.....Advertisement.....
.....Advertisement.....

9-11: Heroism shown on Sept. 11 unites Shelby County's emergency workers

-A A +A

Those profound events -- among our worst days -- brought together their missions.

By Lisa King

No one has ever forgotten the terrible loss of American life 10 years ago at the hands of terrorists.

Shelby County Sheriff Mike Armstrong called it one of the worst days in our nation’s history.

Now, a decade after al-Qaida terrorists killed 3,000 people in four separate attacks in New York City, the Pentagon, and Pennsylvania, as the nation prepares to honor its dead on Sunday, many are reflecting upon the changes that terrible day has wrought on our society.

In Shelby County, the answer is clear.

“It really brought us together in a way that we never envisioned,” said Emergency Services Director Todd Early. “And our strength lies in helping each other.”

Early heads up the Shelby Task Force, a 75-member hazmat team that was established as a direct consequence of the events of that tragic day in 2001.

Armstrong said that the events of September 11 taught the law enforcement and emergency services agencies of America a hard lesson.

“It made us aware of how vulnerable we were,” he said. “It made us realize that we need each other more than we thought we did.”

Armstrong said that realization has led to a new level of cooperation between agencies.

“Communication is better between everyone, and we have a lot better working relationship with federal agencies than we ever had before,” he said.

Shelbyville Police Chief Bob Schutte agreed.

“It had a major impact on law enforcement across the country, on agencies both large and small,” he said. “We try to coordinate more on things now and work together.”

Emergency Management Agency Director Charlie Frazee said the impact in his division has been tremendous.

“The major thing that came out of that tragedy is that it forced the government to be more prepared across the board, at local, state and federal levels,” he said. “Especially in areas of emergency management, certainly we worked together before September eleventh, but we didn’t work together and train together as much as we do now. It has lead to better organization at all levels, and more than that, there is just a close-knit feeling that wasn’t there before, at least, not in the same way.”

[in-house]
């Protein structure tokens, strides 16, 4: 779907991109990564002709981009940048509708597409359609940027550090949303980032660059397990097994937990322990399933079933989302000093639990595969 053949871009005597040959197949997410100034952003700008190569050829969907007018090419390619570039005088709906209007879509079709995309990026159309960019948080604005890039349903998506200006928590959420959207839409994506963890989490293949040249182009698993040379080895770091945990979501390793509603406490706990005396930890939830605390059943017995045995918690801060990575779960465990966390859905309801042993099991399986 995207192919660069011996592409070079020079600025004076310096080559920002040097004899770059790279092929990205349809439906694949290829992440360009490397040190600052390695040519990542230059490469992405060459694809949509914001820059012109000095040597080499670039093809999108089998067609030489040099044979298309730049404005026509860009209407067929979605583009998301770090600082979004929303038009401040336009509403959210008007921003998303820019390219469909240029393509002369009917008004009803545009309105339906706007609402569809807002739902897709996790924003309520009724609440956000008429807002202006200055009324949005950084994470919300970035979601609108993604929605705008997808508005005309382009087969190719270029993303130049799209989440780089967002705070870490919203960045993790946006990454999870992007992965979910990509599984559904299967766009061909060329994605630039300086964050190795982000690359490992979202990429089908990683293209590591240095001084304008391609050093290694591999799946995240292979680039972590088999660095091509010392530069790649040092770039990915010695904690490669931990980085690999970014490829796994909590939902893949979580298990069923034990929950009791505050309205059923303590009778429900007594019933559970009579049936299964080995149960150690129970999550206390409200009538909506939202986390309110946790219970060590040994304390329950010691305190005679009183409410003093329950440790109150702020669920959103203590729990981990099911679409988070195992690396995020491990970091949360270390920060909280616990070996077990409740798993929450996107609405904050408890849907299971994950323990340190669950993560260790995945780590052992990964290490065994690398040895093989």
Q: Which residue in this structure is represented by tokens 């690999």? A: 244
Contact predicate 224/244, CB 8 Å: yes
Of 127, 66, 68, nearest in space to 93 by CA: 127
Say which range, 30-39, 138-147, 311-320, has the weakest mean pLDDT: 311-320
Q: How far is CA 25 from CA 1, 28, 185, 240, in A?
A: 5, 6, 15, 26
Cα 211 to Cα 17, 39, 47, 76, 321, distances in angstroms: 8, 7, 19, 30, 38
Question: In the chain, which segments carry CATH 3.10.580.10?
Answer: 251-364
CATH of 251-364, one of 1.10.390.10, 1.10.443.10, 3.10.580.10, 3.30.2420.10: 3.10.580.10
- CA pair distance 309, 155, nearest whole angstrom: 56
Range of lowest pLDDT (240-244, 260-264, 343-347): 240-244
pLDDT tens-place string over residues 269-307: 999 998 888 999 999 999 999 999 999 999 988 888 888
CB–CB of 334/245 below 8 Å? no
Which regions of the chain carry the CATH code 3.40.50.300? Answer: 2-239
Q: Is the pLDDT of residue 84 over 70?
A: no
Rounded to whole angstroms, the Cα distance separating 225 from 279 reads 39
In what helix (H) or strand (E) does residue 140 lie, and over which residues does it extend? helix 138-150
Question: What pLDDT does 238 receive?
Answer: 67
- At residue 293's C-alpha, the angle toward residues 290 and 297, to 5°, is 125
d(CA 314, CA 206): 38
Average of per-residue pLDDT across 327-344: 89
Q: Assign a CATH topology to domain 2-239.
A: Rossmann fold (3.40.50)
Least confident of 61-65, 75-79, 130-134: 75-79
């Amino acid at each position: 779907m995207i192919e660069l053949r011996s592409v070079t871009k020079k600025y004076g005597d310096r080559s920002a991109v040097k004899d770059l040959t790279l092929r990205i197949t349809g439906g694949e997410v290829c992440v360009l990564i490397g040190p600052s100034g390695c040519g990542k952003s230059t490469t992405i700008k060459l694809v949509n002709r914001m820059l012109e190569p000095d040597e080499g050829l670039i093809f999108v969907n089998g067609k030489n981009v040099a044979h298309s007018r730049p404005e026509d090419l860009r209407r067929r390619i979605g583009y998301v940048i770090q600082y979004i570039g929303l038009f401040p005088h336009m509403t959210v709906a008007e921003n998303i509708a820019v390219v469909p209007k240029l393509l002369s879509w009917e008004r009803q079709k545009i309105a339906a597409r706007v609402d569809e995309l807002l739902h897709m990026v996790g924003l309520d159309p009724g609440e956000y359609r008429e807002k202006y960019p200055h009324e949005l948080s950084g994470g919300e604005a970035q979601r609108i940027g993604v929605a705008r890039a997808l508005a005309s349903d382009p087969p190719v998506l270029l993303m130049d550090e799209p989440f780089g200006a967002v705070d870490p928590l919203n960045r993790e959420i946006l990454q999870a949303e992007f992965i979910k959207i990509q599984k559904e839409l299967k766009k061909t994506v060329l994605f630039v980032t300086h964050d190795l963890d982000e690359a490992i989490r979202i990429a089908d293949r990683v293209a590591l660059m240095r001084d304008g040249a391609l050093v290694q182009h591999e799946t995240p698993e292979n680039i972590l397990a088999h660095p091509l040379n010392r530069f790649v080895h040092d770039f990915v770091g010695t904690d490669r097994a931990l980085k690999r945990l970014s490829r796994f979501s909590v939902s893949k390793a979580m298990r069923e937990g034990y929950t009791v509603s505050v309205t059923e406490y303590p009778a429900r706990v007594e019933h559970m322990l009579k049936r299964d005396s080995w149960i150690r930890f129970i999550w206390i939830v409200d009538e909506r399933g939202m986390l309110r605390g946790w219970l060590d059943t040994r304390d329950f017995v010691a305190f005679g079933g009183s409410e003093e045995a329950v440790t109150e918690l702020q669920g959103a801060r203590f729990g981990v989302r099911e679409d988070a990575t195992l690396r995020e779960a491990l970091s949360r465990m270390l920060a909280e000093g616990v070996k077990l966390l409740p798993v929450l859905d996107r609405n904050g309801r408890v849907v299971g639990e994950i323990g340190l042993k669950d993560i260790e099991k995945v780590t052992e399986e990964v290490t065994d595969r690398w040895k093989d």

Captain Chris Spaulding with the Shelbyville Fire Department said that a program created by the federal government in the aftermath of the Sept. 11 attacks is one that has proven very beneficial to fire districts across the nation, and Shelbyville is no exception.

“We use NIMS (National Incident Management System) all the time,” he said, explaining the concept of the program is to enable different fire and police agencies to function as one entity whenever the occasion calls for it.

“The way it’s set up, we have a universal response, because each county normally uses a different code system,” he said. “With NIMS, we all understand each other.”

Another thing that came of the attacks is more training is required, not just for law enforcement, but also for firefighters.

Rusty Newton, chairman of the Shelby County 911 Board, said that smaller communities, like Shelbyville, have felt the impact of more strict training requirements imposed by the federal government more than larger cities have.

“Places like New York, this is something they deal with all the time, whereas we may not ever come up against something like that,” he said. “But we realize now, everybody has to be prepared.”

Armstrong said people need to keep the big picture in mind.

“We need to remember that a lot of heroes died that day, people that most of us will know about,” he said. “Most people were trying to get out of the towers that day, but emergency services people were trying to get in, to save innocent lives. A lot of good people lost their lives that day, and we should never forget that.”


 

@font-face {
font-family: "Times New Roman";
}@font-face {
font-family: "FranklinGothic";
}p.MsoNormal, li.MsoNormal, div.MsoNormal { margin: 0in 0in 0.0001pt; font-size: 12pt; font-family: "Times New Roman"; }table.MsoNormalTable { font-size: 10pt; font-family: "Times New Roman"; }div.Section1 { page: Section

Sept. 11 observances

 

Saturday

What: Presentations to first responders

When: Noon, Saturday

Where: Simpsonville Fall Festival in main tent in front Our Lady of Guadalupe

 

Sunday

What:  Memorial service featuring guest speakers, posting of colors, fly over

When: 4 p.m.

Where: Shelby Christian Church